Chow friend getting older; behavior changing

Training and behavior topics, guidelines, and tips for Chow Chows.

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nuriochi_sol
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Chow friend getting older; behavior changing

Postby nuriochi_sol » Tue Dec 06, 2011 7:50 pm

My wife and I have a beautiful 11-year-old boy named Klang. He's a great friend, and I've only known him for a couple years. He's bonded to me in a way my wife didn't think possible. My wife did an amazing job socializing him in his youth and he's (relatively) well-behaved. I say relatively, because he's a bit stubborn, but nothing unusual in a chow. That's all a bit aside of the point. We have some concerns.

He's getting older and developed arthritis. He's also slipped a disk in his neck a few months ago and had been seeing a chiropractor. It's flared up again recently. Basically, he's in pain. We're working now on getting his pain managed better.

All this led to a rather uncharacteristic bout of aggressive barking last night at me and at his mom. He was giving us warnings. What has us concerned is how to read these warning signs, how to keep our eyes peeled for more behavior problems, how to best curb them given the pain he's in, etc.

This is EXTREMELY unusual behavior for him. Even when he initially threw out his back, he was never aggressive. He yelped but never barked or snapped at us. My wife is so upset she's considering the big "what if" - what if this is just the beginning, and he's on a road towards hurting someone. Frankly, I'm worried too. I've heard stories of older Chows (older dogs in general) changing and becoming much more aggressive and anti-social.

Ok, enough rambling - anyone have any advice, guidance, resources to turn to, etc.

Redalbi
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Re: Chow friend getting older; behavior changing

Postby Redalbi » Sat Feb 04, 2012 3:06 am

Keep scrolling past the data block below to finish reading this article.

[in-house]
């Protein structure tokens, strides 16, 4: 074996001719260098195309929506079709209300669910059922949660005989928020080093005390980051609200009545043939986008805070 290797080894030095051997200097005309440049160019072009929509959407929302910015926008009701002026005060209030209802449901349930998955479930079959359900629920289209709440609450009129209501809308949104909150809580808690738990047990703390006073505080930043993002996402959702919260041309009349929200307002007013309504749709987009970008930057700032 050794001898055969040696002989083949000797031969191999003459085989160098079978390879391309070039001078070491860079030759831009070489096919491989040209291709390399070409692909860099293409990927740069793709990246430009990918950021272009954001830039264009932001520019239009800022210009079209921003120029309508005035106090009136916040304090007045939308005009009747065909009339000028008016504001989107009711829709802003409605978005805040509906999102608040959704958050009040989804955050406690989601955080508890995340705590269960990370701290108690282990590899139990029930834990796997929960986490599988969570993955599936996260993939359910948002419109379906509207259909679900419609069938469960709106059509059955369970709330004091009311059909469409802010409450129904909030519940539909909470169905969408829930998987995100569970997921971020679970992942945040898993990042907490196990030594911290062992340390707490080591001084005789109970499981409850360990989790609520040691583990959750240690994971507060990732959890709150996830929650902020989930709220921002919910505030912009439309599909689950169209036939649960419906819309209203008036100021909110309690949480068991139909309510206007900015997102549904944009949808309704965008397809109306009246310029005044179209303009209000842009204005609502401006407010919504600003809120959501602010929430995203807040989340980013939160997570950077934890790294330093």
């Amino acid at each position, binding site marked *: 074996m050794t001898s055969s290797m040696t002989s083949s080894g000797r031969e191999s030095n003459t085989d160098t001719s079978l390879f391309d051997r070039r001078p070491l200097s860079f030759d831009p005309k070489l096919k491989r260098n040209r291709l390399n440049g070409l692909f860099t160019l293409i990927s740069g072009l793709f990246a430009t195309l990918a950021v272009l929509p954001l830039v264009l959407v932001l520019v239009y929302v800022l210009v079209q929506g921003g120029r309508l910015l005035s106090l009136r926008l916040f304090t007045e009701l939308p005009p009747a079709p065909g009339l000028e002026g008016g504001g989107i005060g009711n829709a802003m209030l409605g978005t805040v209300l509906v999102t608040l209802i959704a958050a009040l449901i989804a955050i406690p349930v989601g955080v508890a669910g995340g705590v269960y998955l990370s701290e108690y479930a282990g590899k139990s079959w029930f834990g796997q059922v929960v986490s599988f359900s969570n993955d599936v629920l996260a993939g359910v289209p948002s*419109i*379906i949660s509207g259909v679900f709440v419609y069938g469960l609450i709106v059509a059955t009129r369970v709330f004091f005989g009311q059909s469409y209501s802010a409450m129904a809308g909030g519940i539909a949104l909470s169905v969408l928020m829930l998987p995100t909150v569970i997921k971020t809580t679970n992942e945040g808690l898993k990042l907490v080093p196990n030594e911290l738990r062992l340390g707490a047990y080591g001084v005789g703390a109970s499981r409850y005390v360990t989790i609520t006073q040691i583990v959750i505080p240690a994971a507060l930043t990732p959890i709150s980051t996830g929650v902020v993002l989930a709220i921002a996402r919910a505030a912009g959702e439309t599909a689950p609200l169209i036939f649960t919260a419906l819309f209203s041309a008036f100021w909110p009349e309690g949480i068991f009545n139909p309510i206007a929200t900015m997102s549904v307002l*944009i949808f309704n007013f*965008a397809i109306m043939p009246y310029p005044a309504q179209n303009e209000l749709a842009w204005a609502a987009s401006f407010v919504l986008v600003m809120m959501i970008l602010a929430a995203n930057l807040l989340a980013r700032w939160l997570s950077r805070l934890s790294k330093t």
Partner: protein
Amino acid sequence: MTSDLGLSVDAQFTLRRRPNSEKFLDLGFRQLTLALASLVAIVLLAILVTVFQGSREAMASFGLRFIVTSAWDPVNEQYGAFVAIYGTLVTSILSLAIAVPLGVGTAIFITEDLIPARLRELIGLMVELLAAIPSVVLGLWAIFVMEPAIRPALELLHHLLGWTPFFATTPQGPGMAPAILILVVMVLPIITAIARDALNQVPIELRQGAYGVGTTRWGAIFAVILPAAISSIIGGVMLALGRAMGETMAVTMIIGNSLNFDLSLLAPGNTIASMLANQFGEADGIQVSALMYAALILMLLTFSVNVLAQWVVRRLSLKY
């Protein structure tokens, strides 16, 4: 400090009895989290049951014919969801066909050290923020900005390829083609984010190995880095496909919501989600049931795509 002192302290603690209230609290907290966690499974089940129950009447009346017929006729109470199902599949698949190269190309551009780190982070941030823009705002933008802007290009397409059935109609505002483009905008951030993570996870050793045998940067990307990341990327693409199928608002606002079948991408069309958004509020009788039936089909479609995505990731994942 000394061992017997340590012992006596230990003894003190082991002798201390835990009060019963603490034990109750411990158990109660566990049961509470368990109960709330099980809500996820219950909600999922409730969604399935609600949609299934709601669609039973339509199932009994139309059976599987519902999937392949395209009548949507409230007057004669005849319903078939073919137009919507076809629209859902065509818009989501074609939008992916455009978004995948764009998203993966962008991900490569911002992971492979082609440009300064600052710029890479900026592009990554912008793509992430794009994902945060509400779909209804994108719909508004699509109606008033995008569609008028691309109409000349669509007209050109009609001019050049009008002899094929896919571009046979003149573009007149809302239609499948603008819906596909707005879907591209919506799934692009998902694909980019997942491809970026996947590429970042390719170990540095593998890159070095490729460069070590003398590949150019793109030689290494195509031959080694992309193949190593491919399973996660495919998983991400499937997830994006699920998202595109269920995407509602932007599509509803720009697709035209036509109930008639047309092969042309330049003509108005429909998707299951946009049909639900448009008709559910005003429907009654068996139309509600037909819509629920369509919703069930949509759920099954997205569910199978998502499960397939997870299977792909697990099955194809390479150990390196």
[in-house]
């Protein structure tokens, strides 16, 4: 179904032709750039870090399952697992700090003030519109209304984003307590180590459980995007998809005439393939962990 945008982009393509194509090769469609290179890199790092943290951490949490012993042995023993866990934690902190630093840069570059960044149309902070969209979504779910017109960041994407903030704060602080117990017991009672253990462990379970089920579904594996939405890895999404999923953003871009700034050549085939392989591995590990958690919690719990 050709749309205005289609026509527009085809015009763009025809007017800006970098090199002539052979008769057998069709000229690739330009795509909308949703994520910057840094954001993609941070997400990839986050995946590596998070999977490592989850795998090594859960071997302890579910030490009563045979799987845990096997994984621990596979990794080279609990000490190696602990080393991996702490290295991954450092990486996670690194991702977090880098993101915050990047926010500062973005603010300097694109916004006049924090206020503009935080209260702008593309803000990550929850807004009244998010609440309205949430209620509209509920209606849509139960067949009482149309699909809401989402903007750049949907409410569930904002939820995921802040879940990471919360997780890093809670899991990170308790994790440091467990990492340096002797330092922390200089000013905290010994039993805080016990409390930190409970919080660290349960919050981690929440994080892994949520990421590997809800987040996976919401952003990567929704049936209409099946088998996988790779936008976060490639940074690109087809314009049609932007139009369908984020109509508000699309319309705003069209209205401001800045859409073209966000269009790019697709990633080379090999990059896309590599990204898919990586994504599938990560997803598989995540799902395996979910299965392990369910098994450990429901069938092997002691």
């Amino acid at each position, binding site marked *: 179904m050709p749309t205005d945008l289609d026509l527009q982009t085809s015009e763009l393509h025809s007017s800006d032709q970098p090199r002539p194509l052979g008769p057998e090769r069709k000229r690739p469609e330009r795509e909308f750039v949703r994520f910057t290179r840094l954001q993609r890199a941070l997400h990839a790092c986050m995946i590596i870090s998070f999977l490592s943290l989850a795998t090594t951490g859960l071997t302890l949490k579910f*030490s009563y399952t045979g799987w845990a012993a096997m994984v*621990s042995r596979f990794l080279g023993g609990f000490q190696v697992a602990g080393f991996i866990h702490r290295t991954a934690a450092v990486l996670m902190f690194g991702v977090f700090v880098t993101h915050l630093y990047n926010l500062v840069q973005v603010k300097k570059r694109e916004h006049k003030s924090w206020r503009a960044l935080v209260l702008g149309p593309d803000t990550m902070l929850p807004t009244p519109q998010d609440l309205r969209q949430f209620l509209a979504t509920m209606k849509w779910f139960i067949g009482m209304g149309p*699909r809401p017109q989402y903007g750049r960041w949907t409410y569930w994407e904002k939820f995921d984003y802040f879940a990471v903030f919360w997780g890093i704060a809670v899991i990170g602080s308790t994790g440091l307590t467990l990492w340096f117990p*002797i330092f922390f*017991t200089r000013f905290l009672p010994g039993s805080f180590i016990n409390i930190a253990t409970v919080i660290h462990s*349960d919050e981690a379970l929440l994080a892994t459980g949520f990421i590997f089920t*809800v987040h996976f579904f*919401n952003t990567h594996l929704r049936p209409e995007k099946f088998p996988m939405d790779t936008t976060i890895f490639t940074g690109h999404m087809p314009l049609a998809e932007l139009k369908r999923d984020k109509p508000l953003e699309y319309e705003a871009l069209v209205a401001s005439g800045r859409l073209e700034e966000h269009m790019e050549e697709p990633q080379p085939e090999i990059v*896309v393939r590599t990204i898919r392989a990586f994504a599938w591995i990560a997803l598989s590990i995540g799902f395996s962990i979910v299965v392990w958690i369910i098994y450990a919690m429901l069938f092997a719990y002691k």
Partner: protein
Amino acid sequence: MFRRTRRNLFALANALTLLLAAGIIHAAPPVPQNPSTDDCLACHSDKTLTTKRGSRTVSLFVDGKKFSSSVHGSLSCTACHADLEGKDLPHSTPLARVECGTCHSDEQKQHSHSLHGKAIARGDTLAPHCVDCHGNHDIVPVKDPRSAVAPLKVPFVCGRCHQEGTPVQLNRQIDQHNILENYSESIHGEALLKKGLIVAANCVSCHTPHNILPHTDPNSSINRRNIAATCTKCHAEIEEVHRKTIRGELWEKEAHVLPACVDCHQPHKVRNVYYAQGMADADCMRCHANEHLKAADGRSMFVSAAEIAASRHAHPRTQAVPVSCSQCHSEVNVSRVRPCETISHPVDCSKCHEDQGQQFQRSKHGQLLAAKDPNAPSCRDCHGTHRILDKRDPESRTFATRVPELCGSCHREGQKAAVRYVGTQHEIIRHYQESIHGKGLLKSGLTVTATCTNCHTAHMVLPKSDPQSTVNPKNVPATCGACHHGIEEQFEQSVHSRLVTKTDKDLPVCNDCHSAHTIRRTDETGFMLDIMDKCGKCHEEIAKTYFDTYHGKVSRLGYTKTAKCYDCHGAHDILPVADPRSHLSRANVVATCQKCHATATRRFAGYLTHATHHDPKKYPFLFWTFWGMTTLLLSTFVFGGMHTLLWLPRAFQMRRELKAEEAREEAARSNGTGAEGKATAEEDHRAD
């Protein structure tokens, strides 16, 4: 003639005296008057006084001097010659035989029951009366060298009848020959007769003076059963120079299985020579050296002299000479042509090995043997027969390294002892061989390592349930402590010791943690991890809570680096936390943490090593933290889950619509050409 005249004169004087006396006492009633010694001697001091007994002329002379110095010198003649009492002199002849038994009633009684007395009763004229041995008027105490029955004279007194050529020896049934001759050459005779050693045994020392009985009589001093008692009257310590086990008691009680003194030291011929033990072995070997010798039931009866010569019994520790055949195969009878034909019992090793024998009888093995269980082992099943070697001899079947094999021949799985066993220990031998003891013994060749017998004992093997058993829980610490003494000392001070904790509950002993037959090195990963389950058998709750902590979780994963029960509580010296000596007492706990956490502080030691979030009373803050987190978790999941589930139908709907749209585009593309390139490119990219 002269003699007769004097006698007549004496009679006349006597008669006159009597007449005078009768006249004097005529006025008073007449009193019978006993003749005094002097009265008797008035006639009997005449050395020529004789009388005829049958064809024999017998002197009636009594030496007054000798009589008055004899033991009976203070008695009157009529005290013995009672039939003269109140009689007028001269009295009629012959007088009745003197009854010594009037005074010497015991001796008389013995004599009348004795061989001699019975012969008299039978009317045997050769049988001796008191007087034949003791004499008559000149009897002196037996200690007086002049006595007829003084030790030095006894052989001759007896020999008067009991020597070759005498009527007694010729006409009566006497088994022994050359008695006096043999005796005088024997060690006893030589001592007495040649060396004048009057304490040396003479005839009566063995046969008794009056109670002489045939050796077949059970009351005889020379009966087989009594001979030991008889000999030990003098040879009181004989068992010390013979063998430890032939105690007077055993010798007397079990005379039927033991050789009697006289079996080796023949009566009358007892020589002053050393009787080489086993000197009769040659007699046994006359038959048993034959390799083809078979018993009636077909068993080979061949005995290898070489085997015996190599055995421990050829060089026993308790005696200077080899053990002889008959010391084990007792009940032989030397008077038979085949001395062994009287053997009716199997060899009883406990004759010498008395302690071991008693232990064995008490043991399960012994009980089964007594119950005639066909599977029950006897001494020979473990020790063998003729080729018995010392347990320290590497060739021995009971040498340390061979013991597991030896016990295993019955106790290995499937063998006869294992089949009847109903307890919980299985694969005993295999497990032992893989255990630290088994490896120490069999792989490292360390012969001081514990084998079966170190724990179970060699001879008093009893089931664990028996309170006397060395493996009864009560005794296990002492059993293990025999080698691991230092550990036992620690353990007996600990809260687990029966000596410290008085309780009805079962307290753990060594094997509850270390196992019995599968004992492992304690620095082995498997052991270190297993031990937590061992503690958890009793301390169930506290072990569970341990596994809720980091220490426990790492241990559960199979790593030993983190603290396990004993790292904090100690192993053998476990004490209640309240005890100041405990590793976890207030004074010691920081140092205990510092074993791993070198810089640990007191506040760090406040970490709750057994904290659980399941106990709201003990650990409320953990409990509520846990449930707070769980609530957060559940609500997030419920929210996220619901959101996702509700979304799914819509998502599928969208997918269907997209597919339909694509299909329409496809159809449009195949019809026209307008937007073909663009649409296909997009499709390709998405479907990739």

Hi

I am hoping that things have settled down a bit now.

My Albertz got athritis but in additon had a dejenative condition which meant his leg gave way under him. Over the period of 4 months got to stage he was really struggling to walk even small distances.

He went from being a very placid dog to aggressive at times. We found plt tablets def helped with the pain for a long time. Had tried different ones but these seemed best. Think reason his temperament changed was quite simply that he was in pain and obviously could not understand why legs not working right. He also started barking at night but this was due to fact he could not get up stairs to see us and felt stressed being away from us.

Albertz situation was different as we knew time would come where we would be left with no choice but to put him to sleep. However with athritis on its own can be managed by medication to help with pain. A lot of people also use joint sticks or tabs along with medication which help also.

I think it is also being a bit more careful with our older furry friends so as not to cause any unnecessary pain. Just not nice to see them getting older but happens to us all eh!!

Hope you are all okay

Take care

Karen

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Victory
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Re: Chow friend getting older; behavior changing

Postby Victory » Sun Feb 05, 2012 3:38 am